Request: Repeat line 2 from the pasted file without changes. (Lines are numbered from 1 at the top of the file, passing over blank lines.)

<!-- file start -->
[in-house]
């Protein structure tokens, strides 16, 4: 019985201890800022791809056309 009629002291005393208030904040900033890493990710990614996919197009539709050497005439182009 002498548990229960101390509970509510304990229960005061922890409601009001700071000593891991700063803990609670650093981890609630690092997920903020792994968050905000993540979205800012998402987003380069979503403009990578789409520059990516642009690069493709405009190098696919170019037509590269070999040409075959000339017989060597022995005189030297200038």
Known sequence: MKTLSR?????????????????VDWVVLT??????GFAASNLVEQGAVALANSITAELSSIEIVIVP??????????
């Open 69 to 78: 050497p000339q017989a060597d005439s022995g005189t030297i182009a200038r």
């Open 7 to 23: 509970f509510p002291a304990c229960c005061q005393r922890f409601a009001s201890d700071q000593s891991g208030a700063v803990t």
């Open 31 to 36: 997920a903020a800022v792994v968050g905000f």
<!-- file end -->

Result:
């Protein structure tokens, strides 16, 4: 019985201890800022791809056309 009629002291005393208030904040900033890493990710990614996919197009539709050497005439182009 002498548990229960101390509970509510304990229960005061922890409601009001700071000593891991700063803990609670650093981890609630690092997920903020792994968050905000993540979205800012998402987003380069979503403009990578789409520059990516642009690069493709405009190098696919170019037509590269070999040409075959000339017989060597022995005189030297200038």